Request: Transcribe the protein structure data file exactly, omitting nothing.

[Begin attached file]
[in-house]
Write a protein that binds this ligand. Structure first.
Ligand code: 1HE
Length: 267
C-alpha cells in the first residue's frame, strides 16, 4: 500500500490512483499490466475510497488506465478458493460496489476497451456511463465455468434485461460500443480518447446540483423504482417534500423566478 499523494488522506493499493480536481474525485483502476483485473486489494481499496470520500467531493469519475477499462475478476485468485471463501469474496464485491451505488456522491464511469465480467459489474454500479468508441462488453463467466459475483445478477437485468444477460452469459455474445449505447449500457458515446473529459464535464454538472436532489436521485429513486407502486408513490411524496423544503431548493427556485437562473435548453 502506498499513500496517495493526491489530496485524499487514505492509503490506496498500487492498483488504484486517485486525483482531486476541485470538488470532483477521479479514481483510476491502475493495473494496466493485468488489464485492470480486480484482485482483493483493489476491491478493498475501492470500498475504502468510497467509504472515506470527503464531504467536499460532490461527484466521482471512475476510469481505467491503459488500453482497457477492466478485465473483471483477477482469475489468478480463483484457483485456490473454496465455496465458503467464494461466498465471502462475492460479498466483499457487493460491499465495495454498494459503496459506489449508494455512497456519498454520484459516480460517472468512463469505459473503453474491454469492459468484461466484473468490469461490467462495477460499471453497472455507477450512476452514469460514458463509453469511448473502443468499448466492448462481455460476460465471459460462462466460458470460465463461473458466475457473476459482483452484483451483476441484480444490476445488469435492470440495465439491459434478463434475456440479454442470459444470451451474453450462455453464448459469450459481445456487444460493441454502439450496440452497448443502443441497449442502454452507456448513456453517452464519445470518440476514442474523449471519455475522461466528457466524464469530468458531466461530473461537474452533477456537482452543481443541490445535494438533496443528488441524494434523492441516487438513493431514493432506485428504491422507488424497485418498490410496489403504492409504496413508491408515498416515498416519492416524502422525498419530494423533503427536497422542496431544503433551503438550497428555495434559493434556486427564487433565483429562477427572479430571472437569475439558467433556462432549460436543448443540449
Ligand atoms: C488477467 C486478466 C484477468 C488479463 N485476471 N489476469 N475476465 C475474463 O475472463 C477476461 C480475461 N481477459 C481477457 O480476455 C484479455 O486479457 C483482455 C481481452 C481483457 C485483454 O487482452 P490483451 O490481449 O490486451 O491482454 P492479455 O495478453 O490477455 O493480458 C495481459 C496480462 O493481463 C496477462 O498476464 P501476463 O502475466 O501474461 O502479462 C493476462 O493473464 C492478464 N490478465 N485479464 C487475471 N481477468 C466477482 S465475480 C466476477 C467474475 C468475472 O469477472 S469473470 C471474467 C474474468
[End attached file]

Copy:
[in-house]
Write a protein that binds this ligand. Structure first.
Ligand code: 1HE
Length: 267
C-alpha cells in the first residue's frame, strides 16, 4: 500500500490512483499490466475510497488506465478458493460496489476497451456511463465455468434485461460500443480518447446540483423504482417534500423566478 499523494488522506493499493480536481474525485483502476483485473486489494481499496470520500467531493469519475477499462475478476485468485471463501469474496464485491451505488456522491464511469465480467459489474454500479468508441462488453463467466459475483445478477437485468444477460452469459455474445449505447449500457458515446473529459464535464454538472436532489436521485429513486407502486408513490411524496423544503431548493427556485437562473435548453 502506498499513500496517495493526491489530496485524499487514505492509503490506496498500487492498483488504484486517485486525483482531486476541485470538488470532483477521479479514481483510476491502475493495473494496466493485468488489464485492470480486480484482485482483493483493489476491491478493498475501492470500498475504502468510497467509504472515506470527503464531504467536499460532490461527484466521482471512475476510469481505467491503459488500453482497457477492466478485465473483471483477477482469475489468478480463483484457483485456490473454496465455496465458503467464494461466498465471502462475492460479498466483499457487493460491499465495495454498494459503496459506489449508494455512497456519498454520484459516480460517472468512463469505459473503453474491454469492459468484461466484473468490469461490467462495477460499471453497472455507477450512476452514469460514458463509453469511448473502443468499448466492448462481455460476460465471459460462462466460458470460465463461473458466475457473476459482483452484483451483476441484480444490476445488469435492470440495465439491459434478463434475456440479454442470459444470451451474453450462455453464448459469450459481445456487444460493441454502439450496440452497448443502443441497449442502454452507456448513456453517452464519445470518440476514442474523449471519455475522461466528457466524464469530468458531466461530473461537474452533477456537482452543481443541490445535494438533496443528488441524494434523492441516487438513493431514493432506485428504491422507488424497485418498490410496489403504492409504496413508491408515498416515498416519492416524502422525498419530494423533503427536497422542496431544503433551503438550497428555495434559493434556486427564487433565483429562477427572479430571472437569475439558467433556462432549460436543448443540449
Ligand atoms: C488477467 C486478466 C484477468 C488479463 N485476471 N489476469 N475476465 C475474463 O475472463 C477476461 C480475461 N481477459 C481477457 O480476455 C484479455 O486479457 C483482455 C481481452 C481483457 C485483454 O487482452 P490483451 O490481449 O490486451 O491482454 P492479455 O495478453 O490477455 O493480458 C495481459 C496480462 O493481463 C496477462 O498476464 P501476463 O502475466 O501474461 O502479462 C493476462 O493473464 C492478464 N490478465 N485479464 C487475471 N481477468 C466477482 S465475480 C466476477 C467474475 C468475472 O469477472 S469473470 C471474467 C474474468